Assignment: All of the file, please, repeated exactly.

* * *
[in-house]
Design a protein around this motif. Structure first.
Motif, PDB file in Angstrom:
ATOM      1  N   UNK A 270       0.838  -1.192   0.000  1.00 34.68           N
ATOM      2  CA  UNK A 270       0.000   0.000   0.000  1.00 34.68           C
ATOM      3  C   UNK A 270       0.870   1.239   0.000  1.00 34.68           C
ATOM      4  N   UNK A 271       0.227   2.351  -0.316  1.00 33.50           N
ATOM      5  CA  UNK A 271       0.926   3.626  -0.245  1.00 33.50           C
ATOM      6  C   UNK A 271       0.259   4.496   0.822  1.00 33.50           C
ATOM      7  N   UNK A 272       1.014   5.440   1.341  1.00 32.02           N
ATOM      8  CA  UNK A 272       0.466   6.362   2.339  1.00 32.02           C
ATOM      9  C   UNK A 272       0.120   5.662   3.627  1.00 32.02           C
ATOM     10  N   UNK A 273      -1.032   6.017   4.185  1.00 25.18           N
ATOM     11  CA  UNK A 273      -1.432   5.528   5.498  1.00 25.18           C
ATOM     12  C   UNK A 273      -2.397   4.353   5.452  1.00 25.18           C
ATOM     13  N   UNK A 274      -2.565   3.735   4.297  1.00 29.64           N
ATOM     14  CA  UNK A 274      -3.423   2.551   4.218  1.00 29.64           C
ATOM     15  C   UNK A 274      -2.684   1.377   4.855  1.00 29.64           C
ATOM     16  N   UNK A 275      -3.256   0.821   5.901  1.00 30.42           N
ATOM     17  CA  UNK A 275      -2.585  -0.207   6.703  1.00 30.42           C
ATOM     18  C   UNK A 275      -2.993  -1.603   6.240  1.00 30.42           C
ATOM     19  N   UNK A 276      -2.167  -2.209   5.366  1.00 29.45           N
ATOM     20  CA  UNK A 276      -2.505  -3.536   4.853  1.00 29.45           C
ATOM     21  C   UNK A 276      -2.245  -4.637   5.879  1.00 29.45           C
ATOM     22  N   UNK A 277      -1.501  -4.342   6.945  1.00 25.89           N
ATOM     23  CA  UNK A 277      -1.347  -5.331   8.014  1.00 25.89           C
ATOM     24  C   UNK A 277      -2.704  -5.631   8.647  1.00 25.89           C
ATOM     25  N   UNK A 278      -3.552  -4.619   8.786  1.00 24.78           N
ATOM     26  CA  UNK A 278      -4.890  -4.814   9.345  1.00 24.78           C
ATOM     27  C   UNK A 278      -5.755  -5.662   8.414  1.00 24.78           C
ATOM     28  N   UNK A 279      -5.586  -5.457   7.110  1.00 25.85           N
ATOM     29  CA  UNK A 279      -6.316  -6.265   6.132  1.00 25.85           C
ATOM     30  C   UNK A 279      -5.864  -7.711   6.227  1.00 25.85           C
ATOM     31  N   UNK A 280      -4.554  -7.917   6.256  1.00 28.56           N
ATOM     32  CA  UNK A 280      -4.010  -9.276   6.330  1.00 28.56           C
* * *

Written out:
[in-house]
Design a protein around this motif. Structure first.
Motif, PDB file in Angstrom:
ATOM      1  N   UNK A 270       0.838  -1.192   0.000  1.00 34.68           N
ATOM      2  CA  UNK A 270       0.000   0.000   0.000  1.00 34.68           C
ATOM      3  C   UNK A 270       0.870   1.239   0.000  1.00 34.68           C
ATOM      4  N   UNK A 271       0.227   2.351  -0.316  1.00 33.50           N
ATOM      5  CA  UNK A 271       0.926   3.626  -0.245  1.00 33.50           C
ATOM      6  C   UNK A 271       0.259   4.496   0.822  1.00 33.50           C
ATOM      7  N   UNK A 272       1.014   5.440   1.341  1.00 32.02           N
ATOM      8  CA  UNK A 272       0.466   6.362   2.339  1.00 32.02           C
ATOM      9  C   UNK A 272       0.120   5.662   3.627  1.00 32.02           C
ATOM     10  N   UNK A 273      -1.032   6.017   4.185  1.00 25.18           N
ATOM     11  CA  UNK A 273      -1.432   5.528   5.498  1.00 25.18           C
ATOM     12  C   UNK A 273      -2.397   4.353   5.452  1.00 25.18           C
ATOM     13  N   UNK A 274      -2.565   3.735   4.297  1.00 29.64           N
ATOM     14  CA  UNK A 274      -3.423   2.551   4.218  1.00 29.64           C
ATOM     15  C   UNK A 274      -2.684   1.377   4.855  1.00 29.64           C
ATOM     16  N   UNK A 275      -3.256   0.821   5.901  1.00 30.42           N
ATOM     17  CA  UNK A 275      -2.585  -0.207   6.703  1.00 30.42           C
ATOM     18  C   UNK A 275      -2.993  -1.603   6.240  1.00 30.42           C
ATOM     19  N   UNK A 276      -2.167  -2.209   5.366  1.00 29.45           N
ATOM     20  CA  UNK A 276      -2.505  -3.536   4.853  1.00 29.45           C
ATOM     21  C   UNK A 276      -2.245  -4.637   5.879  1.00 29.45           C
ATOM     22  N   UNK A 277      -1.501  -4.342   6.945  1.00 25.89           N
ATOM     23  CA  UNK A 277      -1.347  -5.331   8.014  1.00 25.89           C
ATOM     24  C   UNK A 277      -2.704  -5.631   8.647  1.00 25.89           C
ATOM     25  N   UNK A 278      -3.552  -4.619   8.786  1.00 24.78           N
ATOM     26  CA  UNK A 278      -4.890  -4.814   9.345  1.00 24.78           C
ATOM     27  C   UNK A 278      -5.755  -5.662   8.414  1.00 24.78           C
ATOM     28  N   UNK A 279      -5.586  -5.457   7.110  1.00 25.85           N
ATOM     29  CA  UNK A 279      -6.316  -6.265   6.132  1.00 25.85           C
ATOM     30  C   UNK A 279      -5.864  -7.711   6.227  1.00 25.85           C
ATOM     31  N   UNK A 280      -4.554  -7.917   6.256  1.00 28.56           N
ATOM     32  CA  UNK A 280      -4.010  -9.276   6.330  1.00 28.56           C